Even if you’ve never had root canal surgery, you probably know that the procedure is one of the more invasive ones you can get at a basic walk-in dental practice. However, root canal therapy is actually one of the easiest and most popular solutions to a range of periapical conditions. So what are these diseases and what are some other ways dentists choose to treat them?
Well, periapical infections are those that affect the tissues surrounding the root of the tooth. Apical periodontitis is generally the result of caries or trauma that penetrates the dental pulp and travels into the jaw. If the condition advances, it can even cause bone destruction. Luckily, the endodontist at Millennium Dental specializes in treating dental conditions that affect the interior of the tooth.
The Difference Between Regular Dentists and Endodontists
Your garden variety dentist should be able to keep your teeth looking and feeling good. They tend to deal in tooth fillings, crowns, and other aesthetic and protective devices and procedures.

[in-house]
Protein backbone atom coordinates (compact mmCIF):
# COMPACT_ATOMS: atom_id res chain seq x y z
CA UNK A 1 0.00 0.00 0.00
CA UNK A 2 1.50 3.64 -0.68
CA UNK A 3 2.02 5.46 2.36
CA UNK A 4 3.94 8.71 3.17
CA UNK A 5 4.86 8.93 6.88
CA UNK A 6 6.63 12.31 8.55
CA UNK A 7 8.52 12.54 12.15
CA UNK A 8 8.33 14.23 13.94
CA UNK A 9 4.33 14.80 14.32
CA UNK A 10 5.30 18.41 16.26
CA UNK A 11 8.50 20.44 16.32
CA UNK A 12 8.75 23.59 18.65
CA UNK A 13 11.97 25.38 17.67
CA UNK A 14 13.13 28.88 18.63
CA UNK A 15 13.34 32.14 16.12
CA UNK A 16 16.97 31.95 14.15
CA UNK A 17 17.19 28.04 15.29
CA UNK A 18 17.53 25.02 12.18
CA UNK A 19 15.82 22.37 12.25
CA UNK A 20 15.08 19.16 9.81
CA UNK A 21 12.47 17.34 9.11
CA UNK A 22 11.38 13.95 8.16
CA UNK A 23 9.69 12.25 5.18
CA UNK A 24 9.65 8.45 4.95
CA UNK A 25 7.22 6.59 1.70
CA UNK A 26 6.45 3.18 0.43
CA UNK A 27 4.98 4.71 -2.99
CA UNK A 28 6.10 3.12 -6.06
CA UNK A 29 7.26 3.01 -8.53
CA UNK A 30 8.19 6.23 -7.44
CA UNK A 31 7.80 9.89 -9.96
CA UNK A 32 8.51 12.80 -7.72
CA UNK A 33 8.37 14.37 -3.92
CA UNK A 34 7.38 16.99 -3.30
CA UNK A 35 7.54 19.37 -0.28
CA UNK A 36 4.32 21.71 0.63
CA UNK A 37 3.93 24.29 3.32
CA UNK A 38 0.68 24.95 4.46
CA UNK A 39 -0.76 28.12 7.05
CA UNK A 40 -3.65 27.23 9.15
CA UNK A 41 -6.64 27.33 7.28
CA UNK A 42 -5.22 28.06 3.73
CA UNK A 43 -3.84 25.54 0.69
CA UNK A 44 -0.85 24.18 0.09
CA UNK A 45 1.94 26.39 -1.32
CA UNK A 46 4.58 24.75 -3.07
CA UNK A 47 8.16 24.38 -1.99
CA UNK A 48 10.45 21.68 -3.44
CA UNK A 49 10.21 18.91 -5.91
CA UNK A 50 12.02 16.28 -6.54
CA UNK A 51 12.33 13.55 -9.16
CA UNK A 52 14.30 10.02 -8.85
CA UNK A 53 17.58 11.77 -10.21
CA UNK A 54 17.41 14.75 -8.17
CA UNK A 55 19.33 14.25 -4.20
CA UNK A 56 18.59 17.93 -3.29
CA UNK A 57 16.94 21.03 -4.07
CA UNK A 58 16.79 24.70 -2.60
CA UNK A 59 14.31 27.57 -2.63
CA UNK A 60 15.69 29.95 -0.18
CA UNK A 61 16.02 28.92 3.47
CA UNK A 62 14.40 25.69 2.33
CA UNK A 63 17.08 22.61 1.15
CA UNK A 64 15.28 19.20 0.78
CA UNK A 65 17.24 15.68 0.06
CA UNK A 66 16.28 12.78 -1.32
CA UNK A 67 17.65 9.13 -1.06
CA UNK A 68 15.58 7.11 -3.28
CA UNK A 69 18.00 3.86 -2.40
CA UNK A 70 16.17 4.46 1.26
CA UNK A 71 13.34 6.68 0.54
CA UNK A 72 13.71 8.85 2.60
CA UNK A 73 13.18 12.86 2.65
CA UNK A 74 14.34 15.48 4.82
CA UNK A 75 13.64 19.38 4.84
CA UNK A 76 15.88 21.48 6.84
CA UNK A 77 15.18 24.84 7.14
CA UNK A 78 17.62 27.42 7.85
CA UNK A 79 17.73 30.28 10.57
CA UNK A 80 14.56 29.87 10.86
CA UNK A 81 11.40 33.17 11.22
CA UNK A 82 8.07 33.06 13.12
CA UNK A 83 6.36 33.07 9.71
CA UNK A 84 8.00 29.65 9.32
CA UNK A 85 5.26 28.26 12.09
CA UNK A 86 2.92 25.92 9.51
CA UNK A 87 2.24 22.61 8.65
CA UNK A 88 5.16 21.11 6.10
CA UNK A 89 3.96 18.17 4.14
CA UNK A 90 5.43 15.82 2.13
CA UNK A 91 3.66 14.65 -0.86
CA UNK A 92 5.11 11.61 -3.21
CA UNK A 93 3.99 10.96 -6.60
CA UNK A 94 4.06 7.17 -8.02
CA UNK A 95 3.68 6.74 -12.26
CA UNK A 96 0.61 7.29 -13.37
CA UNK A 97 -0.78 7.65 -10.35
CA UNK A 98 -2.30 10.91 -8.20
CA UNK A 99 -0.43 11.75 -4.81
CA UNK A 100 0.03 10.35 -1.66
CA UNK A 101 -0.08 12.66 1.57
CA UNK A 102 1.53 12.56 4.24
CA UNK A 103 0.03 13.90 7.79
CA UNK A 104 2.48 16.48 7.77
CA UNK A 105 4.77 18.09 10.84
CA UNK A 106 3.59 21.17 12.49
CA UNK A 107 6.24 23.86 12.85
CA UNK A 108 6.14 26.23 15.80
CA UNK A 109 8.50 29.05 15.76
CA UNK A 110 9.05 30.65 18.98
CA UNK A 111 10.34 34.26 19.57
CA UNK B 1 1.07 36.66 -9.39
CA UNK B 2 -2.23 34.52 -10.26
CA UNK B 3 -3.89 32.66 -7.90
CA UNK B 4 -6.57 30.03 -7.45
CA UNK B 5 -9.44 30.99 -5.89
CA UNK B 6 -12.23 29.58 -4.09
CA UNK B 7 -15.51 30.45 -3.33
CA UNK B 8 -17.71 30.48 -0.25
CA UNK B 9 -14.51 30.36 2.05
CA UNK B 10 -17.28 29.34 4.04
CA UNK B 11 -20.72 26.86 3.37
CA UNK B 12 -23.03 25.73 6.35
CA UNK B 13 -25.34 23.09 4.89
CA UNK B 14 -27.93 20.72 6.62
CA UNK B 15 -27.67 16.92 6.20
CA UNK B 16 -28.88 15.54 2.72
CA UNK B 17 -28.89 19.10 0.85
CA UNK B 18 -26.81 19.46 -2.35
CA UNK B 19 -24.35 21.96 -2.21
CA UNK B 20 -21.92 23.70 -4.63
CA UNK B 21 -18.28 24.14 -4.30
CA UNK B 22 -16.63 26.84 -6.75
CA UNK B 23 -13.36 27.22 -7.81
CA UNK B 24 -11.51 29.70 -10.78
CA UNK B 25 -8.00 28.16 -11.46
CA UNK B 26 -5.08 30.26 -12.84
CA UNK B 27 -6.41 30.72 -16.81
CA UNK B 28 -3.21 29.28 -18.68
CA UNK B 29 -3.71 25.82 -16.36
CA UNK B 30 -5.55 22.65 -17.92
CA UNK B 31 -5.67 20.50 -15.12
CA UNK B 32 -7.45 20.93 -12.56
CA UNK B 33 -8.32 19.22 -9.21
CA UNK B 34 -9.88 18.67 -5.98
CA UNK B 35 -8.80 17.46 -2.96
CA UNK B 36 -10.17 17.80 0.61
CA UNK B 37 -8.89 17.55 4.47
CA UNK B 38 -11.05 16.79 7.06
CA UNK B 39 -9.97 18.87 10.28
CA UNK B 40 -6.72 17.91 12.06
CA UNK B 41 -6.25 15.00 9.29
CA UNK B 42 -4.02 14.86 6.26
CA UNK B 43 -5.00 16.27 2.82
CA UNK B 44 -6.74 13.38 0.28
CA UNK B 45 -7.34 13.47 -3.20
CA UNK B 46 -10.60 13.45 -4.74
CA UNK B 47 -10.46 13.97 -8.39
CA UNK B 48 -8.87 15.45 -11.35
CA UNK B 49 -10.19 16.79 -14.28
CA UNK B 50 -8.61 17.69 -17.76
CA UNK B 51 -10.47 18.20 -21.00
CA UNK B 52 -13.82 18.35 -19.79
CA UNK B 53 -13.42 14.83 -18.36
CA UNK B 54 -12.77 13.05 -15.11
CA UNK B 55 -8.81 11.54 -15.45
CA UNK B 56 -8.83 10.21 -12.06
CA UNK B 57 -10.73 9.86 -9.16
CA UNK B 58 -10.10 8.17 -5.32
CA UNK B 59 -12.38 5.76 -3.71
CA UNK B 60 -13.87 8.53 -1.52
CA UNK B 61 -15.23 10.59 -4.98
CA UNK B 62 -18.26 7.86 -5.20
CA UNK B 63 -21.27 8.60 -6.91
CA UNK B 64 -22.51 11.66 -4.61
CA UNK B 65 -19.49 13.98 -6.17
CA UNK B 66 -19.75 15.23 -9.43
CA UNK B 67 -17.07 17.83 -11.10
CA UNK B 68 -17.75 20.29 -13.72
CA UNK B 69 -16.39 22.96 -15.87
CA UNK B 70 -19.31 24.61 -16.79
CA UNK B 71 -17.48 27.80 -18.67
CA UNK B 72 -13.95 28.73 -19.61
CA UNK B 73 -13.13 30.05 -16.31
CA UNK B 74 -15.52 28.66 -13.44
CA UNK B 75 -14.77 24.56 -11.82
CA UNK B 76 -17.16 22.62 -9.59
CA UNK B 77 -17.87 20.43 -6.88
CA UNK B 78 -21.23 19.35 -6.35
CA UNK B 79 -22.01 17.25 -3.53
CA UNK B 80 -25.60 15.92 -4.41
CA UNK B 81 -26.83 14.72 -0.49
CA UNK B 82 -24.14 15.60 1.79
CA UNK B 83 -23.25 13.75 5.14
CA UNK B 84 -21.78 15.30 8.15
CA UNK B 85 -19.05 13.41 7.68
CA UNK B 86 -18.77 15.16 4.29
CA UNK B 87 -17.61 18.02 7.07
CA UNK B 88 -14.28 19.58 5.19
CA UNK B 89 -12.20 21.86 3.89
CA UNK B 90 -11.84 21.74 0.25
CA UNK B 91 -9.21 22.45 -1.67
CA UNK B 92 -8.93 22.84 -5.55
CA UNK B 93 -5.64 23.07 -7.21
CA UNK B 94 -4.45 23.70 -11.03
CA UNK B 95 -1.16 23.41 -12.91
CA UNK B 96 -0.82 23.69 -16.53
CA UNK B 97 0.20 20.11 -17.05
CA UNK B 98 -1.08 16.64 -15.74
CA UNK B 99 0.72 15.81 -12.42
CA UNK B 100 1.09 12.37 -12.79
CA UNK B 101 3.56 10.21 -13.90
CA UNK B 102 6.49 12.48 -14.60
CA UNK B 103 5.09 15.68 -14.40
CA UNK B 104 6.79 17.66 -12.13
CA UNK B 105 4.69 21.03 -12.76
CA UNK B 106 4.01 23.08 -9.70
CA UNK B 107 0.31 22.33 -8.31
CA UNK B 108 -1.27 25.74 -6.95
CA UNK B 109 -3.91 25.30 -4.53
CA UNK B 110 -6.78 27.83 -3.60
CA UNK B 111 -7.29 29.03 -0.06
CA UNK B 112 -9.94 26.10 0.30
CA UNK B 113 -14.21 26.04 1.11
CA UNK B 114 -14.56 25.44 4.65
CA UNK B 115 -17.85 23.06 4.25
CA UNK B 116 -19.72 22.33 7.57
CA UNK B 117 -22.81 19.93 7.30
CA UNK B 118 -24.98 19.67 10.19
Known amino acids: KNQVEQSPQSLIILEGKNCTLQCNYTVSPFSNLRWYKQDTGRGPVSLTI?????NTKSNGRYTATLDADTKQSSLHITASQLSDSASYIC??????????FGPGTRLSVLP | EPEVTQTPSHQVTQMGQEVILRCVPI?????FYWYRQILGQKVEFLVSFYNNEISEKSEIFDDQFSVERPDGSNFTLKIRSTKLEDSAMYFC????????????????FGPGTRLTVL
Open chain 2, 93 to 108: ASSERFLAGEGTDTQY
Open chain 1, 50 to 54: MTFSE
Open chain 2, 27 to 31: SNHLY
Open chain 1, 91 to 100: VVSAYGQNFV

Conversely, those who specialize in endodontics are supposed to ensure the health of their patient’s teeth from the inside out. Even the name of the specialty is made up of the Greek words for “inside” and “tooth.”
Generally, an endodontic specialist would have two or three years of experience in advanced education programs on top of the four-year stint in dental school. Rather than installing fillings or cleaning teeth, they spend more of their time diagnosing and treating tooth pain.